Noida doctors perform rare heart surgery on Iraqi patient

Hani Jawad Mohammad (56) has fully recovered and his heart is functioning without an artificial pump or left ventricular assist device--an artificial device designed for patients with end-stage heart failure
Doctors who treated Hani Jawad Mohammad (56) speak to the media in Noida’s Fortis Hospital on Tuesday. (Sunil Ghosh/HT Photo)
Doctors who treated Hani Jawad Mohammad (56) speak to the media in Noida’s Fortis Hospital on Tuesday. (Sunil Ghosh/HT Photo)
Updated on Oct 06, 2021 01:00 AM IST
Copy Link

Hani Jawad Mohammad (56), an Iraqi patient who was suffering from terminal heart failure in 2018, has got a fresh lease of life.

A rare case, Mohammad has fully recovered and his heart is functioning without an artificial pump or left ventricular assist device (LVAD), thanks to the doctors at Noida’s Fortis Hospital who treated him.

LVAD is an artificial device designed for patients with end-stage heart failure. It mimics the functions of a natural heart and pumps blood throughout the body in patients whose natural heart is too weak to perform the function itself. In 2018, Hani came to Noida’s Fortis Hospital with terminal heart failure.

“He was breathless and could not do routine activities, such as taking a bath, without help. Since no surgical procedure was possible, he was put on the heart transplant list. While waiting for the donor heart, the patient’s condition started deteriorating and he became so critical that he required life-saving machines to keep him alive. It is then that we decided to put him on LVAD or artificial heart,” said Dr Ajay Kaul, chairman of Fortis Heart & Vascular Institute, Noida.

The device is placed inside the heart and runs on batteries attached outside the body. A small hole has to be made to connect the machine’s wire with the batteries, said doctors.

In 2019, Hani developed a driveline infection around the point on his chest where the wire was connected.

“We treated the infection and during a routine checkup, we found that his heart had recovered completely and that was very uncommon. We reduced the speed of the pump. His heart was still functioning at optimum capacity, but we kept the pump running to be on the safe side. We asked him to come again after six months for a follow up. We observed him over the next one year as we wanted to be very sure that the heart is functioning properly without the support of the pump,” said Dr Kaul adding that by November 2020, they had turned off the device.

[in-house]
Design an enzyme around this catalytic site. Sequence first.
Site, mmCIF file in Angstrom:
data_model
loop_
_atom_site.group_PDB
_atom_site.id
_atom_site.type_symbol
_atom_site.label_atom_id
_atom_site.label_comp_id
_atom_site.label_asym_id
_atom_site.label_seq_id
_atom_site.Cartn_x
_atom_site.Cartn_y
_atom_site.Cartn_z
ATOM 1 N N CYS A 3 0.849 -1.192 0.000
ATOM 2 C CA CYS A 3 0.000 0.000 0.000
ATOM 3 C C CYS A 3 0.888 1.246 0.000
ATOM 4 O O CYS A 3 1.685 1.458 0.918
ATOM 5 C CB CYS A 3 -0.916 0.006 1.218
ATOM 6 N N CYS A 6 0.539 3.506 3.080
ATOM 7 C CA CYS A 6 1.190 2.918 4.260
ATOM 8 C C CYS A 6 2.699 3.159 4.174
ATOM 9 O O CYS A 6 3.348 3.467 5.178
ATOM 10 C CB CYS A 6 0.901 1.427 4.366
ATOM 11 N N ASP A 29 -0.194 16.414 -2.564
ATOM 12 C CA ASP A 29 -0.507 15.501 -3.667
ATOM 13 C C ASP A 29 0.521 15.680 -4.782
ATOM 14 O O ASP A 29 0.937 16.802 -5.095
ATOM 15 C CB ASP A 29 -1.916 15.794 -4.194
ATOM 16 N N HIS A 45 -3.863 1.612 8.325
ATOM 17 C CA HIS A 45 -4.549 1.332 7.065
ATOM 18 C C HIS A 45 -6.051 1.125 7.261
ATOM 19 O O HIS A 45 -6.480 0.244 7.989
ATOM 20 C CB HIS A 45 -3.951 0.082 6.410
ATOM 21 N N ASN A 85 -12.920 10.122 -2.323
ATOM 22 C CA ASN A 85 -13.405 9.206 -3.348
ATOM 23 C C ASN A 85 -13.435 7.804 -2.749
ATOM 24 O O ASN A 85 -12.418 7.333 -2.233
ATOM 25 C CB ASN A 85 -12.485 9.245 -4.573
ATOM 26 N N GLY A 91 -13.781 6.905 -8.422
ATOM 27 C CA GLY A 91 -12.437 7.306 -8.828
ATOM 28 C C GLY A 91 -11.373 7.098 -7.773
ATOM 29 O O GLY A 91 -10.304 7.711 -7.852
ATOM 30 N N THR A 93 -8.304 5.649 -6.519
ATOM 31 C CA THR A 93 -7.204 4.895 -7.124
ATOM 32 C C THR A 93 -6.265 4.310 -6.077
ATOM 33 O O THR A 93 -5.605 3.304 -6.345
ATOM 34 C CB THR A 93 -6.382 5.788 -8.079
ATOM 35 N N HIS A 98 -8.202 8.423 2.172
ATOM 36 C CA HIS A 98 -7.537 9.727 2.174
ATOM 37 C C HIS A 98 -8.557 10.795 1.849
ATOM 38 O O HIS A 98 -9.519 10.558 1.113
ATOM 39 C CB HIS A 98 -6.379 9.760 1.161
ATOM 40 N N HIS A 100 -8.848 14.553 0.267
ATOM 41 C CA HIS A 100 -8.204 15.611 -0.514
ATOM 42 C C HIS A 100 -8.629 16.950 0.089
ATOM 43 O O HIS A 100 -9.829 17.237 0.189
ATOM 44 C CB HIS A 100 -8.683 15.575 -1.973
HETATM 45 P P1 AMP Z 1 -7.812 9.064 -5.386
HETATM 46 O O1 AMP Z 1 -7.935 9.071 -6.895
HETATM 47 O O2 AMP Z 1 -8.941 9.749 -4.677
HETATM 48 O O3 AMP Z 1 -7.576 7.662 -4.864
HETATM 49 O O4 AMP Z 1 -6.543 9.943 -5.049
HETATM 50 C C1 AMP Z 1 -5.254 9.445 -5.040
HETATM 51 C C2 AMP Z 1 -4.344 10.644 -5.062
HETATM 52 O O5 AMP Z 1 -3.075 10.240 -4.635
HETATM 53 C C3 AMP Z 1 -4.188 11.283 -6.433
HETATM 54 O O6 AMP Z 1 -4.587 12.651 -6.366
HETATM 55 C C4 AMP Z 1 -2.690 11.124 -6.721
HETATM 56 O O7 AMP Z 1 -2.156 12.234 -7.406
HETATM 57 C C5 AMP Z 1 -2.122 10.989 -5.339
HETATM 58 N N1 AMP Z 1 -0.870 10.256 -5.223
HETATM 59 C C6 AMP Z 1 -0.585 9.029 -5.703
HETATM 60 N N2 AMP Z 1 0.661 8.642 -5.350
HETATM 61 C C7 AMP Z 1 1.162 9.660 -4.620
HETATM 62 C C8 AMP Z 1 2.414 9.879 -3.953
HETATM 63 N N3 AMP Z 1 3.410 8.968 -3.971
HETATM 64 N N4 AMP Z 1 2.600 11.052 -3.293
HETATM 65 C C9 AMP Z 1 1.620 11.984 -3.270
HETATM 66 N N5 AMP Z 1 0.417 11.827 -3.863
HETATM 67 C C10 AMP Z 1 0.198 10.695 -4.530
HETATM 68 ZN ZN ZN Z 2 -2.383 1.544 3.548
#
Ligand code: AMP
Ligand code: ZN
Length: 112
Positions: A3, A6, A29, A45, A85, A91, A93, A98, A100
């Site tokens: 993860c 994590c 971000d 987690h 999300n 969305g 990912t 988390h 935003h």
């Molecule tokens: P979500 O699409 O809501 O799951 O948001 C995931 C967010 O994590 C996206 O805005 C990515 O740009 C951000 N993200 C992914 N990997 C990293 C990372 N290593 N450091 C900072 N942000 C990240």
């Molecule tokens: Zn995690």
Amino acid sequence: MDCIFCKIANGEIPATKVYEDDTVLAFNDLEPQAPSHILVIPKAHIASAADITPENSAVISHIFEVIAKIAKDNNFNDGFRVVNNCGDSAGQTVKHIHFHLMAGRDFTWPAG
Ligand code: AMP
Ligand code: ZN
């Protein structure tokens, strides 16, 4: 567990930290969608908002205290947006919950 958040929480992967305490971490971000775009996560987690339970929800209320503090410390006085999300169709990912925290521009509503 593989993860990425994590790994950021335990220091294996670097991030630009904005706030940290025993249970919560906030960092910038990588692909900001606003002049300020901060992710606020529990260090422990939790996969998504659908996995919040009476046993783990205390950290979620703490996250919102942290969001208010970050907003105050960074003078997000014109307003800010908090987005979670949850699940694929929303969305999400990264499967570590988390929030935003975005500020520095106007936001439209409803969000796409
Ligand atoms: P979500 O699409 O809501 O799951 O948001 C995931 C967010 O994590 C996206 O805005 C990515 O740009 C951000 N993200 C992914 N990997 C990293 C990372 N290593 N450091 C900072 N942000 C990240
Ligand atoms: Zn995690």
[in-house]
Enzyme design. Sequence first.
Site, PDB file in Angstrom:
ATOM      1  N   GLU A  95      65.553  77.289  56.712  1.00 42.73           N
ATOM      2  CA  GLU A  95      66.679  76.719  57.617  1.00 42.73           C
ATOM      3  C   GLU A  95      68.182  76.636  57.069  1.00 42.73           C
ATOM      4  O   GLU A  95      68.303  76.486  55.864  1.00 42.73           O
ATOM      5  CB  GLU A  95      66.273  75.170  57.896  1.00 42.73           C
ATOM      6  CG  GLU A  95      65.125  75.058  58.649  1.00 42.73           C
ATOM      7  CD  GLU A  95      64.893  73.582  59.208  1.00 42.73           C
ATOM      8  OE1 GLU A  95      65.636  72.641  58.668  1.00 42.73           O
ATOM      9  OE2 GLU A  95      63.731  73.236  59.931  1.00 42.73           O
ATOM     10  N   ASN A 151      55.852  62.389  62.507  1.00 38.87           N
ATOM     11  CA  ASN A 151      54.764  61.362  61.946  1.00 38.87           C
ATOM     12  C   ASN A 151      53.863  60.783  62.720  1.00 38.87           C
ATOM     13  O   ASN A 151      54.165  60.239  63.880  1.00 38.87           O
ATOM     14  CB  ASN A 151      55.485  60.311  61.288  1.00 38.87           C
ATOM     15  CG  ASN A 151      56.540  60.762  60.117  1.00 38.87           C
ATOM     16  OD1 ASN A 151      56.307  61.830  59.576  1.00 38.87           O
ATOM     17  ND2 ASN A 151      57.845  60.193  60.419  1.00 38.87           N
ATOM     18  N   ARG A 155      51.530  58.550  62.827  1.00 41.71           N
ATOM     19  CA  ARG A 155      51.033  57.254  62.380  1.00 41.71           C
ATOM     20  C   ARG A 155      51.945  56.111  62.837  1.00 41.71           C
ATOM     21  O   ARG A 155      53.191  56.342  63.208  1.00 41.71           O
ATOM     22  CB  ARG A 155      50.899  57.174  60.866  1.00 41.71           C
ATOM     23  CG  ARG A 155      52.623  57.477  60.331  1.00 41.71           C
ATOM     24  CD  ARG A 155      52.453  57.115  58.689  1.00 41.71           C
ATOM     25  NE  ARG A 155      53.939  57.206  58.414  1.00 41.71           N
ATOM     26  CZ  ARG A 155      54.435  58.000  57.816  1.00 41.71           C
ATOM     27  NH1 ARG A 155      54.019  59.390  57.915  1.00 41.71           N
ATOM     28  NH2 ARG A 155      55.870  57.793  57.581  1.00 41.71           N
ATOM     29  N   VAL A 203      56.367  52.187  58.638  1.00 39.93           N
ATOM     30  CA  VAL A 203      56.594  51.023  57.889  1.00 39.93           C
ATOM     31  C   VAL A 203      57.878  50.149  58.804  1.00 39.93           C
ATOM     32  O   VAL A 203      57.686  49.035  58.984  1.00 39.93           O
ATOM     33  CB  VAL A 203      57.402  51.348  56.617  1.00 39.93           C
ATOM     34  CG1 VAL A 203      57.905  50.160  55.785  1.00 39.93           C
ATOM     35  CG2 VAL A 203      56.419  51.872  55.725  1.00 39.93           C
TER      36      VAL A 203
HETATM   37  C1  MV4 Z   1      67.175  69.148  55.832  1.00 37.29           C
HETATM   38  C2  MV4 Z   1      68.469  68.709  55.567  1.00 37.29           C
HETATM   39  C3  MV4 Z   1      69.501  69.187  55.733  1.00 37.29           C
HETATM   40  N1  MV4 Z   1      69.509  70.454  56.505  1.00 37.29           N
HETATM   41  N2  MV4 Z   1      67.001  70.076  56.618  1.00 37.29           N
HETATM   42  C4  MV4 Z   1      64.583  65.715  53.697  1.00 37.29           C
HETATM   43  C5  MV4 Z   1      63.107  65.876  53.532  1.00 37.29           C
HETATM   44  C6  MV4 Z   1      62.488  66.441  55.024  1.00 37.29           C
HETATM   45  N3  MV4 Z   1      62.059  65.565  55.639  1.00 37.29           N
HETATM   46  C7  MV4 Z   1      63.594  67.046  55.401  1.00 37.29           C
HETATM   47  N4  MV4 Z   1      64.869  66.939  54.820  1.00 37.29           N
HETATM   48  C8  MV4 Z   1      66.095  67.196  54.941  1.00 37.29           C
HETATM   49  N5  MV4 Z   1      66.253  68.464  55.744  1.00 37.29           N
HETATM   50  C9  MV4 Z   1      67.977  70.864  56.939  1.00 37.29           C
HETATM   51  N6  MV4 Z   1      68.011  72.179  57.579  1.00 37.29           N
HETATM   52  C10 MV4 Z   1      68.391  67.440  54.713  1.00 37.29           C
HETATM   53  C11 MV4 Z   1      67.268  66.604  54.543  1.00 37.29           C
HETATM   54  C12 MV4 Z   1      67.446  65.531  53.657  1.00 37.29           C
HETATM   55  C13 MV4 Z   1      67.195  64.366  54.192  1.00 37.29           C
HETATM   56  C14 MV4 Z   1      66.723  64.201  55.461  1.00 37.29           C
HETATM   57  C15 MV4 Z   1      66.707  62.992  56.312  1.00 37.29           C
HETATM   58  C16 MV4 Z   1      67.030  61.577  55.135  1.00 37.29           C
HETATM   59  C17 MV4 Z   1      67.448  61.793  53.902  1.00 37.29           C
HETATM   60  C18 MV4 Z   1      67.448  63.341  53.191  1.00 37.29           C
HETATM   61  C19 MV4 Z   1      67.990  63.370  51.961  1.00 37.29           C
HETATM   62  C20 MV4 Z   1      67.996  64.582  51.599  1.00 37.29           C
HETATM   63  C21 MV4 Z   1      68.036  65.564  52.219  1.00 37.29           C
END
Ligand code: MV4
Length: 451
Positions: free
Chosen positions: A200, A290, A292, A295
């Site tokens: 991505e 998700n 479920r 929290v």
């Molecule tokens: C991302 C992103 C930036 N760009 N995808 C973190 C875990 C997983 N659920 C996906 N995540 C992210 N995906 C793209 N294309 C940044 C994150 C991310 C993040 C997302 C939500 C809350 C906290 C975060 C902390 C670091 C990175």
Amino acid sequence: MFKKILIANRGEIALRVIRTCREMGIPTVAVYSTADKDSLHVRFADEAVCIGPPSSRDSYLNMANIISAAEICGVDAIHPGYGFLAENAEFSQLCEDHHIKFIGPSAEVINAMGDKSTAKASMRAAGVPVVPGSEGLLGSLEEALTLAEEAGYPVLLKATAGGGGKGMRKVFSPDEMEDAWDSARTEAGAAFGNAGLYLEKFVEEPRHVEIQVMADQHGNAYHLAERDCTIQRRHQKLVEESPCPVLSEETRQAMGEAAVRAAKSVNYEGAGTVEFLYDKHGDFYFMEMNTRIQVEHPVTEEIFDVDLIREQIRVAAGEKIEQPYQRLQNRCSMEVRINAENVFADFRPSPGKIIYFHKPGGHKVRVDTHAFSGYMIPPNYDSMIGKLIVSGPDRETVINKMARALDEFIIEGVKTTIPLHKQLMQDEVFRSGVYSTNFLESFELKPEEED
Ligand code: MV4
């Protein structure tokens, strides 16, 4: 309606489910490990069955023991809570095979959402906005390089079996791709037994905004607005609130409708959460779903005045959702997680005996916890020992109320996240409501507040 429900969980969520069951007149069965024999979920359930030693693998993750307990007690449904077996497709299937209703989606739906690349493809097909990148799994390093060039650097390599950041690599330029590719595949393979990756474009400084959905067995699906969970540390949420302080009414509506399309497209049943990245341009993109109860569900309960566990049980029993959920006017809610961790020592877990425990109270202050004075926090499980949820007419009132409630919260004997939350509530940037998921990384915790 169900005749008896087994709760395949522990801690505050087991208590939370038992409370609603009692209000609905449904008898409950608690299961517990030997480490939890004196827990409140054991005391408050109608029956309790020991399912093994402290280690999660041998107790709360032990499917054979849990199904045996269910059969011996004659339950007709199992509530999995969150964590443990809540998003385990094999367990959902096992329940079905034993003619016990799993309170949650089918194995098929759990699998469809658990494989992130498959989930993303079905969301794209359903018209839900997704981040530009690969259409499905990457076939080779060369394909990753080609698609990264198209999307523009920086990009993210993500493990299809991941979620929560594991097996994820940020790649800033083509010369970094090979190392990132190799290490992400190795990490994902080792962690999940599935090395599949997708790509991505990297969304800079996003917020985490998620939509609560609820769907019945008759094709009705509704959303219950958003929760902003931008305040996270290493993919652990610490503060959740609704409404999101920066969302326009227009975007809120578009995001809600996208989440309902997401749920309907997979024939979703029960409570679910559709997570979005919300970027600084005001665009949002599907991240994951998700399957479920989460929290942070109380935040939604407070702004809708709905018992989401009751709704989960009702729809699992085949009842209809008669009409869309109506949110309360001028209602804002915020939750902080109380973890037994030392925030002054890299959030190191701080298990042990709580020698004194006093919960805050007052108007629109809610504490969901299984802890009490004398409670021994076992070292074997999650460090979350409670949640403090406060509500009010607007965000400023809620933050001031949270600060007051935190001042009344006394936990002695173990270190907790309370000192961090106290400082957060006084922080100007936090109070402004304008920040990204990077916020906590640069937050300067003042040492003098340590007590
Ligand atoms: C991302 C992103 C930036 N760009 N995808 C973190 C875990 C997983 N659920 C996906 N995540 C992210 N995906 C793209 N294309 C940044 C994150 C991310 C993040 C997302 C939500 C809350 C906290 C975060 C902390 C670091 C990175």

Finally, in August this year, it was decided after due consultation with the patient that the artificial heart would be explanted. “The explantation procedure was carried out at Fortis Hospital, Noida in September. It is a novel surgical procedure which was conducted for the first time in India successfully. The patient was discharged within five days and is doing very well,” said doctors.

According to medical experts, the explantation surgery has not been recorded in medical literature so far.

“LVAD is considered as the last resort for patients with terminal heart failure and is planted on them who are on the waiting list for heart transplant. Generally, when the patient undergoes a heart transplant, the LVAD is removed. In some cases, as the devices have become technologically more advanced, they can also be used as destination therapy where the patient can continue lifelong with the LVAD in his heart. In cases of terminal heart failure, the heart is so weak that without LVAD, it is unable to function. But in this case, the heart has recovered and is able to function without LVAD. So far in India, no such case has been recorded in medical literature,” said Dr Dheeraj Sharma, associate professor, cardiac surgery, Postgraduate Institute of Child Health, Noida.

In the past two years, Hani has become a father of two children and has also named one of his sons after the doctor who treated him.

“I owe my life to the team of medical experts at the hospital who treated me. As a mark of gratitude, I named my newborn son after the head doctor Ajay Kaul. When I came for treatment, I was unable to even stand and was on wheelchair but today, I can do everyday activities without any trouble,” said Hani.

SHARE THIS ARTICLE ON
Close Story
SHARE
Story Saved
OPEN APP
×
Saved Articles
My Reads
Sign out
New Delhi 0C
Saturday, October 23, 2021